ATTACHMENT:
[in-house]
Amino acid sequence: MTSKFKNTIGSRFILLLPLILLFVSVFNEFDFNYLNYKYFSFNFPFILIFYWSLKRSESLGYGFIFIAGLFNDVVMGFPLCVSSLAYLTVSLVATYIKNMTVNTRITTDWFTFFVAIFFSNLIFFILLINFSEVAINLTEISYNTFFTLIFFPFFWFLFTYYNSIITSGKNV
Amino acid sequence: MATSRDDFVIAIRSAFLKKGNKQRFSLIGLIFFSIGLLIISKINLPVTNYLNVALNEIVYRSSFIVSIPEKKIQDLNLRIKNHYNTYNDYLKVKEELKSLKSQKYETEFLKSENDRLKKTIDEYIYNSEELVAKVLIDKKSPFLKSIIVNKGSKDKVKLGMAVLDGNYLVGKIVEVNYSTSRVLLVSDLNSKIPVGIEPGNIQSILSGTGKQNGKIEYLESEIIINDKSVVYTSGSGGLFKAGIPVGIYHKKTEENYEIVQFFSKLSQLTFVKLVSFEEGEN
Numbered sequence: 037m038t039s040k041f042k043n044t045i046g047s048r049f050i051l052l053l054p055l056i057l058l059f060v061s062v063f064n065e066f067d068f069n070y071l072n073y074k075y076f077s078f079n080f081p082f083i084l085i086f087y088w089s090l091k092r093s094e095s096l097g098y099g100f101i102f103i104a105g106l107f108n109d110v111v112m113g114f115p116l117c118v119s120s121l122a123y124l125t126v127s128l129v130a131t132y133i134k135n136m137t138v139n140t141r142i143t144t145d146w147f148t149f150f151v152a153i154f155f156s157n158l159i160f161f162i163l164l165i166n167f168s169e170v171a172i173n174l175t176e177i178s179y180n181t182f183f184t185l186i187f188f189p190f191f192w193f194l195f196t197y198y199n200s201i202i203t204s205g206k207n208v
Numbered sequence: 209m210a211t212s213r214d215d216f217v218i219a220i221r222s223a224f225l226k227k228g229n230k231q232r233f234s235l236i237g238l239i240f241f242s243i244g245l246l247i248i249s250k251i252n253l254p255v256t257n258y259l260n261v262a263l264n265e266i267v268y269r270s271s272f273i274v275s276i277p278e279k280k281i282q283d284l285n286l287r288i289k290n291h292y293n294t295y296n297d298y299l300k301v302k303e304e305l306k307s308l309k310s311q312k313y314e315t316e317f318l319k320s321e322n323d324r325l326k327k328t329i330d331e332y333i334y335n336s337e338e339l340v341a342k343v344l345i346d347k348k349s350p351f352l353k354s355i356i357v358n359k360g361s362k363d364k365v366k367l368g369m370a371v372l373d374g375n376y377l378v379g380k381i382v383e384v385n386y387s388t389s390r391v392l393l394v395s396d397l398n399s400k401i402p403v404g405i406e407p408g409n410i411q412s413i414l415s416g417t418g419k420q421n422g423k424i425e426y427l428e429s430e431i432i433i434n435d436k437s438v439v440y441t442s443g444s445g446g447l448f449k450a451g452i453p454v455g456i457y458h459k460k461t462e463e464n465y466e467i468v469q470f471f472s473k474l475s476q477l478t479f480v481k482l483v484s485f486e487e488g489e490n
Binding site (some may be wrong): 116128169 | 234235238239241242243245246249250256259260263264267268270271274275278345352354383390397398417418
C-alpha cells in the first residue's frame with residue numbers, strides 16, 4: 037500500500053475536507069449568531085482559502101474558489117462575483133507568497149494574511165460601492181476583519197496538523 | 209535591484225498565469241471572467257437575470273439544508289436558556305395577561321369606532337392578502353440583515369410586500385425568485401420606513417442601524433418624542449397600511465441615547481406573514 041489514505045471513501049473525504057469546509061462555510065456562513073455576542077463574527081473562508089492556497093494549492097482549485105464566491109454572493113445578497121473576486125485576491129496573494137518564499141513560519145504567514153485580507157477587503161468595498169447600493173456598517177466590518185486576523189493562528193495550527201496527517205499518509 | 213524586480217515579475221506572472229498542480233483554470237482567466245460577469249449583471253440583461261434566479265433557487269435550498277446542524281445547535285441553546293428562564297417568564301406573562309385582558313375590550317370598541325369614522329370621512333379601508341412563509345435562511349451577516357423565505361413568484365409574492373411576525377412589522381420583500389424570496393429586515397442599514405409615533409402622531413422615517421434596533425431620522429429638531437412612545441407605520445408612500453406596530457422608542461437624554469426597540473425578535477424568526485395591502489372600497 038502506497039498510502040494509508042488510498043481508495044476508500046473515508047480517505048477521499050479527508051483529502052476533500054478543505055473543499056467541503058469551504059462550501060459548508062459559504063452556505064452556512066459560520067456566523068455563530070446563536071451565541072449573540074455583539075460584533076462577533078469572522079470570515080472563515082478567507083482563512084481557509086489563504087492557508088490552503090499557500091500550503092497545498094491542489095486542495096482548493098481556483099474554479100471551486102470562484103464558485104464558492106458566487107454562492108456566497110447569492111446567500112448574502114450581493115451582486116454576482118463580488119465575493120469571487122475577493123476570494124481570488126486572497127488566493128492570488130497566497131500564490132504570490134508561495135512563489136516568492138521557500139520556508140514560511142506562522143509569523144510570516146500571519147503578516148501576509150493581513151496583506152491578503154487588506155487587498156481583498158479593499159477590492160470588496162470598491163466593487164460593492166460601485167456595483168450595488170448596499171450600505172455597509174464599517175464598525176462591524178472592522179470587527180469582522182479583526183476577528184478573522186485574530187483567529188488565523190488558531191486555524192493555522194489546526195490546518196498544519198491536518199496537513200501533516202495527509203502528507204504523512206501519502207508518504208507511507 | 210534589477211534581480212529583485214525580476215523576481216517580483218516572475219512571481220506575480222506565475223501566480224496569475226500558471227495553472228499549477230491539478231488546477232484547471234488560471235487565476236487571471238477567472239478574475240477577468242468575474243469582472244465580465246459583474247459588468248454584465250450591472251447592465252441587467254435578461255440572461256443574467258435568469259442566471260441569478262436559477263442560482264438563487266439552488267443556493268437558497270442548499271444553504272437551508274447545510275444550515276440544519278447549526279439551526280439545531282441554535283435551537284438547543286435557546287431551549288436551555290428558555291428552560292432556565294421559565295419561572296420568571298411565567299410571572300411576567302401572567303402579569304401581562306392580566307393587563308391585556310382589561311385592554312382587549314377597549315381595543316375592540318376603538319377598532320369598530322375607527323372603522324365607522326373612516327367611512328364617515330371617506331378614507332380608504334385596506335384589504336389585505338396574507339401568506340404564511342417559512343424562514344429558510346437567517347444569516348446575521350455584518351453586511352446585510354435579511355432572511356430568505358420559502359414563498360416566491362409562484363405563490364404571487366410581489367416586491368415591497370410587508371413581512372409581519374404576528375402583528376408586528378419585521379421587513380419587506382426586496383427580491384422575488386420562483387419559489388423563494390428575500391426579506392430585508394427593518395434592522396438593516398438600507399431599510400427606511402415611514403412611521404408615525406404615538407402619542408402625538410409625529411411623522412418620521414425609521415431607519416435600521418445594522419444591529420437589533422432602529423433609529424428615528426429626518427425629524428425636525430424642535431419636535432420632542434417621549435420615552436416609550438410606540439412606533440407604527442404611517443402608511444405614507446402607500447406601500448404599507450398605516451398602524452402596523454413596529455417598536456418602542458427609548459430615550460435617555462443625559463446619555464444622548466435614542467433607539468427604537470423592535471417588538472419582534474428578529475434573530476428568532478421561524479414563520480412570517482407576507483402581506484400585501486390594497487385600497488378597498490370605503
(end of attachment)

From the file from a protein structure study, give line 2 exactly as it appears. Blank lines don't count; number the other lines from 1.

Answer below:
Amino acid sequence: MTSKFKNTIGSRFILLLPLILLFVSVFNEFDFNYLNYKYFSFNFPFILIFYWSLKRSESLGYGFIFIAGLFNDVVMGFPLCVSSLAYLTVSLVATYIKNMTVNTRITTDWFTFFVAIFFSNLIFFILLINFSEVAINLTEISYNTFFTLIFFPFFWFLFTYYNSIITSGKNV